WILMINGTON — As local officials continue to mull over options for replacing the Cape Fear Memorial Bridge, another firm has thrown an alternative into the ring — one that could potentially save millions combining two major undertakings.
The city paid $200,000 to New York-based consulting firm Hardesty and Hanover to explore design, feasibility and costs for a shared bridge concept that would include both a vehicular and rail component.
The firm worked through five tasks to finalize its results. First, it gathered necessary materials and geotechnical studies, then identified the best combination of a rail and bridge superstructure. Staff then reviewed various design elements to analyze the pros and cons of both options, followed by cost estimates and a final report.
Hardesty and Hanover Carolinas Regional Manager Rodger Rochelle presented the company’s findings to the Wilmington Urban Area Metropolitan Planning Organization Wednesday, recommending a “nested” version over a parallel option.
The recommended nested version would construct a railway underneath the roadway, while the other would have the elements side by side.
To be nested, the roadway bridge would be about 300 feet tall. The cost to build the combined bridge is $548 million, $16 million less than building two separate structures.
The North Carolina Department of Transportation included a rail component, one of four options presented in 2020, originally priced $899 million. Using a 3% inflated cost for current expenses, Hardesty and Hanover said NCDOT’s design for a car and rail bridge would be $912 million today.
By comparison, NCDOT’s recommended version for replacing the Cape Fear Memorial Bridge for vehicular traffic alone is around $356 million.
The cost for Hardesty and Hanover’s combined option is higher than NCDOT’s preferred option because the estimates were based on designs by square footage. Hardesty and Hanover’s proposals included more detailed foundation work, Rochelle said.
City rail realignment director Aubrey Parsley said at Wednesday’s meeting he began to contemplate how designing rail tracks over the river could work in conjunction with other transportation projects, after studying the NCDOT’s options to replace the Cape Fear Memorial.
The city has already been assessing a rail realignment project, identified in 2014, with a preferred path chosen in 2021. It would tie the Wilmington Terminal railroad line at Greenfield Street, down the west side of South Front before crossing the river. The project would benefit the Port of Wilmington with direct access to Davis Yard in Navassa. It would also remove up to 32 unnecessary road crossings.
Parsley said Wednesday the rail realignment project is nearing 30% engineering plans, the first step needed before moving to a federal environmental review process.
As separate projects, the rail realignment has the potential of being a billion dollar effort, and the Cape Fear Memorial Bridge replacement is estimated at $300 million up to $900-plus million, depending on tha structural design.
Rochelle referred to Hardesty and Hanover’s findings as a “fifth option.” It’s not intended to replace NCDOT’s suggestions, only an initial concept for how it would work and what it could look like.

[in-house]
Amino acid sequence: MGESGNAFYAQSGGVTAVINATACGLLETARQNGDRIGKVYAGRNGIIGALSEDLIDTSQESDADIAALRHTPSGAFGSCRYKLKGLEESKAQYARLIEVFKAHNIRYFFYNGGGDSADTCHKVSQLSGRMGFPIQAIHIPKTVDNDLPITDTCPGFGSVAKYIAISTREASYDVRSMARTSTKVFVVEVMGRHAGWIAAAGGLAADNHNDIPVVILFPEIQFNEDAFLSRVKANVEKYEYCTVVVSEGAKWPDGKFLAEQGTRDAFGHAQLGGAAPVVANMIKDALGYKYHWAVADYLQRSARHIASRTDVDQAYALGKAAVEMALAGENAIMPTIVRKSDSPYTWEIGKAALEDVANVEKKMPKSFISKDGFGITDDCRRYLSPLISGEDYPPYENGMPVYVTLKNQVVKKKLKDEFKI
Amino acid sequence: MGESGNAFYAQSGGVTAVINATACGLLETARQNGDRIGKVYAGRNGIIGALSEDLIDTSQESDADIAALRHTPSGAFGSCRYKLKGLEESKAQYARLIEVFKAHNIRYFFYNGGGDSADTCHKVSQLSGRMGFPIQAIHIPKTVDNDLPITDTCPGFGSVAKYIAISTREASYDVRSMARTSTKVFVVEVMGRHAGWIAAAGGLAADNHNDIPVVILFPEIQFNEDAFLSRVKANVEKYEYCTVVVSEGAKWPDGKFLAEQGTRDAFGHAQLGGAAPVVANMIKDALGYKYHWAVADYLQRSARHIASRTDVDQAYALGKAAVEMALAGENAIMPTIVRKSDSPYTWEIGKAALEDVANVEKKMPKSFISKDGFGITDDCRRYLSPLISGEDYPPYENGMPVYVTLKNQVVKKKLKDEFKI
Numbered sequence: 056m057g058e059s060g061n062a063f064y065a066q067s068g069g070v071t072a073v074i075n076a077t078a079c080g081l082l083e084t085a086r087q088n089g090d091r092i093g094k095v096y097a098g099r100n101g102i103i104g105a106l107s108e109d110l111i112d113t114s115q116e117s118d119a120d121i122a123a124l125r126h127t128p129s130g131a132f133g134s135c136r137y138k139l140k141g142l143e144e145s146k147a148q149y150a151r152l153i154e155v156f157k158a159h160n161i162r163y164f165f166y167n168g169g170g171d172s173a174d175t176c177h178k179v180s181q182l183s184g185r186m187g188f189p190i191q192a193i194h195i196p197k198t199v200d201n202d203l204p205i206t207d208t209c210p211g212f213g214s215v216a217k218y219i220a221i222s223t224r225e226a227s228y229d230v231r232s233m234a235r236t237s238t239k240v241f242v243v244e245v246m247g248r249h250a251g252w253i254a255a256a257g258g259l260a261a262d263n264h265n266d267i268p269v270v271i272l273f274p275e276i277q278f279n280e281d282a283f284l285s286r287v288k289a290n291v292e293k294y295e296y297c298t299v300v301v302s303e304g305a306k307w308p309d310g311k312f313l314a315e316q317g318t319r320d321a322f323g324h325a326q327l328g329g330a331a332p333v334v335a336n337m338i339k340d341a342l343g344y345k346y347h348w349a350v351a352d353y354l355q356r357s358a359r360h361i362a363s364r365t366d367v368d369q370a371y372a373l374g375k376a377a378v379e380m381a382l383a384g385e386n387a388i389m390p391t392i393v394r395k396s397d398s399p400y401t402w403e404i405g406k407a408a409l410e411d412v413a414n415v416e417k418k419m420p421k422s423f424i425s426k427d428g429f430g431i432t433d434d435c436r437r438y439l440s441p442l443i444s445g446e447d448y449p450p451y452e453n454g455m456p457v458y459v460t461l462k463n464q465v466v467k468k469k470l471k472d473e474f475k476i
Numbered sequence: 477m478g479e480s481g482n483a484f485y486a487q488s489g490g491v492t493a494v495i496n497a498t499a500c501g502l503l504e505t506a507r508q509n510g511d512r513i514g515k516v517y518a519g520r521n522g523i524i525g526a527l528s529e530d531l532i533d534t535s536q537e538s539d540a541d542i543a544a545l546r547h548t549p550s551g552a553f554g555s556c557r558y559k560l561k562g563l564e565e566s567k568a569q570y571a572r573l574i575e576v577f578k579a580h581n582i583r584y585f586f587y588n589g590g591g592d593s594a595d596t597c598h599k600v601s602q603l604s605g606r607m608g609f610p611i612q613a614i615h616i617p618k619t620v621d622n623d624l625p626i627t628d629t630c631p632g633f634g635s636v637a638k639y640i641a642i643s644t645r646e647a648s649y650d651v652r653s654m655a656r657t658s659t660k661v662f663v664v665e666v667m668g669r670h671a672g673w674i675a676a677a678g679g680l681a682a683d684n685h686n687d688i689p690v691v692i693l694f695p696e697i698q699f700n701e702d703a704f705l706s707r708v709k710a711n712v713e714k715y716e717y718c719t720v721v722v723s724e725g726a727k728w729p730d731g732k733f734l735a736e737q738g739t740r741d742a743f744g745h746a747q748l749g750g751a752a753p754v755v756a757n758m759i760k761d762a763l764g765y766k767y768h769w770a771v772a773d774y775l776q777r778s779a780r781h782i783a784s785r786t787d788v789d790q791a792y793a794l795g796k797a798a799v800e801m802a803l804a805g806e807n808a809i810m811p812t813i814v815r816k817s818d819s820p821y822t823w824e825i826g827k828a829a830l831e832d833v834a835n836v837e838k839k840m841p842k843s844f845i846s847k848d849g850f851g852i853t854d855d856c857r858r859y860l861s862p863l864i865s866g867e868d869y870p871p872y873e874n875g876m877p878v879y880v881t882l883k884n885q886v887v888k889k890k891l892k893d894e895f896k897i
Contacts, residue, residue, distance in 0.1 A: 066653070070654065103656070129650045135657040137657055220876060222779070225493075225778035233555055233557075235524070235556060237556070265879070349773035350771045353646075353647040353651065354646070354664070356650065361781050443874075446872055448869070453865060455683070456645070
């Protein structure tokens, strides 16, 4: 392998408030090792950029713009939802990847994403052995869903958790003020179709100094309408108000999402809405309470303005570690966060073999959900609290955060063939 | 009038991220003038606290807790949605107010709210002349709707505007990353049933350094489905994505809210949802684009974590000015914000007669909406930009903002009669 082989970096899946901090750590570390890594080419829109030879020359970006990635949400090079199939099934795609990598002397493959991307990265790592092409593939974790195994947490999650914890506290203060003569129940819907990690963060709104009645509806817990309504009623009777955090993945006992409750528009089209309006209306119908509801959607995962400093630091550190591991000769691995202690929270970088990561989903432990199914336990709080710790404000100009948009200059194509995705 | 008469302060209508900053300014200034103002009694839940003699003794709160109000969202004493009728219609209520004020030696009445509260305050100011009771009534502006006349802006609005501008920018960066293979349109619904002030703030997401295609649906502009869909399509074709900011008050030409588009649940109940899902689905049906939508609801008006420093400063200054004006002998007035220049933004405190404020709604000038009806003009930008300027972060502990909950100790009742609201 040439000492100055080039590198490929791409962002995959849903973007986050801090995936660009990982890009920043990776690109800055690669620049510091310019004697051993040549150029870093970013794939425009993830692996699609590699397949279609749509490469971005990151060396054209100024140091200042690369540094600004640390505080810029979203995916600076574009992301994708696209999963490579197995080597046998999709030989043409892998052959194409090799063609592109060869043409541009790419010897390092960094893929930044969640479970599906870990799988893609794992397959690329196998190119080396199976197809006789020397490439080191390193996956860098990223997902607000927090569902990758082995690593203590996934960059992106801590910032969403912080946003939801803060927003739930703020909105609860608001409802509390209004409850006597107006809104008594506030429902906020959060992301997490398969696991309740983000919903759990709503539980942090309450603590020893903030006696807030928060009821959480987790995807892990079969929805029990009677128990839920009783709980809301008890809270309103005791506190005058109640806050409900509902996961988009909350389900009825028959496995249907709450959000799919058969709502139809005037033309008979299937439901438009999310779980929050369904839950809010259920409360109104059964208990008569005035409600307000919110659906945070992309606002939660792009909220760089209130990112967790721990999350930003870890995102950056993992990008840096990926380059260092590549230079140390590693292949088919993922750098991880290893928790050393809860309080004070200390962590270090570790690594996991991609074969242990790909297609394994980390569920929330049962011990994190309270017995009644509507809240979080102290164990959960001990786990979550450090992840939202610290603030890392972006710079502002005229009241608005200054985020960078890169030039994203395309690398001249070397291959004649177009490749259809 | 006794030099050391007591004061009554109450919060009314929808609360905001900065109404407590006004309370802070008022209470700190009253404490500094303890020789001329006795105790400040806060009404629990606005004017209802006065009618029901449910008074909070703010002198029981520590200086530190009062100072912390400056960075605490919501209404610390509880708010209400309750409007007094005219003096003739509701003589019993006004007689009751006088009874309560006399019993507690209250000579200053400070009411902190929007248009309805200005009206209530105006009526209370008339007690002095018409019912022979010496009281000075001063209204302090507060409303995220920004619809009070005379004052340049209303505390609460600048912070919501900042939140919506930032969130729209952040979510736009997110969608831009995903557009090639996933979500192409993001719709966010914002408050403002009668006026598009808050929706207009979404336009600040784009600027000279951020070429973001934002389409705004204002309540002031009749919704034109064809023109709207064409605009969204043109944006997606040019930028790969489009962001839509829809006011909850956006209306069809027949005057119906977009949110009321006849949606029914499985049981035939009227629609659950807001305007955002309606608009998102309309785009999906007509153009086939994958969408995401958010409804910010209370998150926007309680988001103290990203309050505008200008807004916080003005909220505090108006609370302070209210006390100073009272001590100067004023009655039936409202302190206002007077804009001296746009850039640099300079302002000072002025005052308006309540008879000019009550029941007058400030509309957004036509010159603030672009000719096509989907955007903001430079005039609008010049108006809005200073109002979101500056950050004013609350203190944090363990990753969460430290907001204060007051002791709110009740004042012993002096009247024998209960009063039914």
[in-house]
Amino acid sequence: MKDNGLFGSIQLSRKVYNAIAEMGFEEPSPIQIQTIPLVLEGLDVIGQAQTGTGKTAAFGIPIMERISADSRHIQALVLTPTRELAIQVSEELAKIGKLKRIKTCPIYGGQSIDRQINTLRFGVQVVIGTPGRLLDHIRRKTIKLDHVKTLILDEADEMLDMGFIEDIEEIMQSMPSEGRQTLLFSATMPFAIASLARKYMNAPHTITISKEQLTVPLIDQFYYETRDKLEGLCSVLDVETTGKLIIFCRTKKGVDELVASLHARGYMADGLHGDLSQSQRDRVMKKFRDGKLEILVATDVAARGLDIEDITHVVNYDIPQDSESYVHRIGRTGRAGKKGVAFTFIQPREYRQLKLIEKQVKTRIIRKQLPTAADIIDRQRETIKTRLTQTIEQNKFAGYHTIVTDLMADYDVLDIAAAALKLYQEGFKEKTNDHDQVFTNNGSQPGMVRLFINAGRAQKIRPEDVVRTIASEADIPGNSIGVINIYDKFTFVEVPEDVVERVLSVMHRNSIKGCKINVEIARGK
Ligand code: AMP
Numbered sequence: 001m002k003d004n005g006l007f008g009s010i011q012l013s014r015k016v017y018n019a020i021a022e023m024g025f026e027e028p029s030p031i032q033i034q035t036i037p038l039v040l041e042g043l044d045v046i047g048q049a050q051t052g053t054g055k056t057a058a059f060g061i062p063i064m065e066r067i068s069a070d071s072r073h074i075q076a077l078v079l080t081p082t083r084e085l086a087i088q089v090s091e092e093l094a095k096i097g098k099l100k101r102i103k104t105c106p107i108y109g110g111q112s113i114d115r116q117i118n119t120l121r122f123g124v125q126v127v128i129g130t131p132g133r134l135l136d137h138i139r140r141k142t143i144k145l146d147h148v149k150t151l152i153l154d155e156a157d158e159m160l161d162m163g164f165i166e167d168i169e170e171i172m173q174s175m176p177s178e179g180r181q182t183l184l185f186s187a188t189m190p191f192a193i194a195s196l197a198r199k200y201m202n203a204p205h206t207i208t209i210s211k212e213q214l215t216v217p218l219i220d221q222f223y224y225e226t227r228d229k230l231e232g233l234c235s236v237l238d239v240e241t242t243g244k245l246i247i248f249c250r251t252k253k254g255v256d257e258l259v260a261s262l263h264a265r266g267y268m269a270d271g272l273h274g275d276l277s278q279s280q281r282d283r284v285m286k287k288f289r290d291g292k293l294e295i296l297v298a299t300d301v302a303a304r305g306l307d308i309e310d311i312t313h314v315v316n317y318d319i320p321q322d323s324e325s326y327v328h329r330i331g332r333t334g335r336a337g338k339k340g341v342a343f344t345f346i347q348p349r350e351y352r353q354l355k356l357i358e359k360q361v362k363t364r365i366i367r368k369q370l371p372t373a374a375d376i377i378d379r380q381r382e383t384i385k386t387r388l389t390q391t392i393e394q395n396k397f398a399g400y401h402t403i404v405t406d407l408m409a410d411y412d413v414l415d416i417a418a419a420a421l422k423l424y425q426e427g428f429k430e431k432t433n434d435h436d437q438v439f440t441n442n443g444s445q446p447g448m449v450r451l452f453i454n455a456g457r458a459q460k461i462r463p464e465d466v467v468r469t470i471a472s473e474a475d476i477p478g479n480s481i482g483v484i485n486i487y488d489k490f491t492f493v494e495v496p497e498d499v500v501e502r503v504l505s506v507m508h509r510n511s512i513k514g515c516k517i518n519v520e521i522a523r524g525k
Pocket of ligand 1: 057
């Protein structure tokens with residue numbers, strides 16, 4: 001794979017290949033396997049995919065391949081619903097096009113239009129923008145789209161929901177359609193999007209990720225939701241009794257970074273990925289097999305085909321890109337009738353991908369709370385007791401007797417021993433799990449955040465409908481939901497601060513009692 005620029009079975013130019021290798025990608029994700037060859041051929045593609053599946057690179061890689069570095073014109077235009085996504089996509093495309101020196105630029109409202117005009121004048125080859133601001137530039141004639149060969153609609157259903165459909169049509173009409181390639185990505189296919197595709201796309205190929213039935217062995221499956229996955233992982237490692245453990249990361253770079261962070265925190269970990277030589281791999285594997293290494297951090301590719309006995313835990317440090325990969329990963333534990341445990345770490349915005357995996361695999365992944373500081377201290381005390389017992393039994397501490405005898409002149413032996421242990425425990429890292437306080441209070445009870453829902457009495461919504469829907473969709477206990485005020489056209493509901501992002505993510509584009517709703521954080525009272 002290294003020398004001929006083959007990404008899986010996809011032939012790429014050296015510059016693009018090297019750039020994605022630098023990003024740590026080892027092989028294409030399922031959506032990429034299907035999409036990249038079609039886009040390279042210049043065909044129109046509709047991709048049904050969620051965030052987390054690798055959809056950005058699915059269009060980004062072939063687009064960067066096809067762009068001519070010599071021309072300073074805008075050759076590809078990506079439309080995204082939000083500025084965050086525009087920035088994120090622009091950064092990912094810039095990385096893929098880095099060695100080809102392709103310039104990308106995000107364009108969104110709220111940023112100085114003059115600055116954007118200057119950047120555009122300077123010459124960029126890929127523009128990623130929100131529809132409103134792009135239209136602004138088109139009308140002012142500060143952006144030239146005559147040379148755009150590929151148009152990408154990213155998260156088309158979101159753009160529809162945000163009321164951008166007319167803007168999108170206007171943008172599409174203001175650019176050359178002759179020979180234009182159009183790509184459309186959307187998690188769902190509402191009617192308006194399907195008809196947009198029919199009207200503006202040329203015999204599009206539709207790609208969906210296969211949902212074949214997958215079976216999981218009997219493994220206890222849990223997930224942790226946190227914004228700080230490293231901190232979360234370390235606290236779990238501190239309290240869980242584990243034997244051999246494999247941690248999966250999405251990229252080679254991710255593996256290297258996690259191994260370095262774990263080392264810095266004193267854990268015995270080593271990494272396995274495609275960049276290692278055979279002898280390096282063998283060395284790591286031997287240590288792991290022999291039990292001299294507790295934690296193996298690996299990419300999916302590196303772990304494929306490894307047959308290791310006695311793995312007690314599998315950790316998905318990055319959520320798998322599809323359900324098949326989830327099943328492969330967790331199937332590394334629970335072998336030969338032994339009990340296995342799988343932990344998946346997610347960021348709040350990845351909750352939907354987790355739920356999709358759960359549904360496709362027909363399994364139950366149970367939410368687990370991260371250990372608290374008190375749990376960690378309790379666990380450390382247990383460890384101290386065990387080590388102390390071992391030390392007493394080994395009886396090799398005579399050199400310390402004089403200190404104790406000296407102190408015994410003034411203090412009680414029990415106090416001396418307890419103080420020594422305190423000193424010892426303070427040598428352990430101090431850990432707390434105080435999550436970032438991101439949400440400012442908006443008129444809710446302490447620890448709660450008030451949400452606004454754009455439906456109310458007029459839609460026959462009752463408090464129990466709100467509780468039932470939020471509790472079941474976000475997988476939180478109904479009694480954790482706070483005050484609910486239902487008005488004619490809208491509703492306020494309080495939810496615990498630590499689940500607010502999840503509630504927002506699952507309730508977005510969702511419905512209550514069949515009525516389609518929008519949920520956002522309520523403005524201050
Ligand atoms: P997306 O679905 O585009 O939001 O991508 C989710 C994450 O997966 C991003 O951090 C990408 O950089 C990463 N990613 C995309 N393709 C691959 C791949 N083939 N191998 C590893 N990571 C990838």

While Hardesty and Hanover presented the nested and parallel design options, it recommended the former based on fewer environmental impacts, aesthetics, navigability and impact to the regional network.
Both versions would have the same impact to the existing roadways and be 250-feet long across the Cape Fear River. Each also allows for a 135-foot clearance, needed by vessels that traverse the waterways; they would incorporate a pedestrian walkway as well.
Rochelle explained the roadway bridge could be constructed first, for $410 million, with another $10 million needed in the design to allow for accommodating future rail. Once the train component was added in, it would cost another $128 million for construction.
WMPO board member Neil Anderson asked about the aesthetics. The conceptual designs shown by Hardetsy and Hanover were a simple arch, which he called “spaghetti junction.”
“Could we add some architecture?” he asked, using Charleston and St. Augustine’s bridges as examples. “I don’t want it to look like a random crossing.”
NCDOT division 3 engineer Chad Kimes said aesthetics would be considered; a list of options would be presented to the community for feedback before finalizing any designs.
It’s unclear what would happen to the current Cape Fear Memorial Bridge once a new one is built. Last month, Historic Wilmington Foundation director Travis Gilbert called the 1969 structure an iconic symbol of Wilmington, now considered a National Historic Landmark; it is the state’s first movable bridge.
Gilbert suggested to the Eagle’s Island Task Force during its monthly meeting the bridge is preserved by creating a pedestrian park.
However, that’s still a way’s out, as replacement of the Cape Fear Memorial Bridge is still unfunded. WMPO and NCDOT have to agree on a plan before moving forward on any option.
The new bridge is going to be submitted for consideration in the next STIP, but it won’t be finalized until 2025.
WMPO discussed earlier in the month adding another crossing between New Hanover and Brunswick counties, to be submitted as well for consideration.
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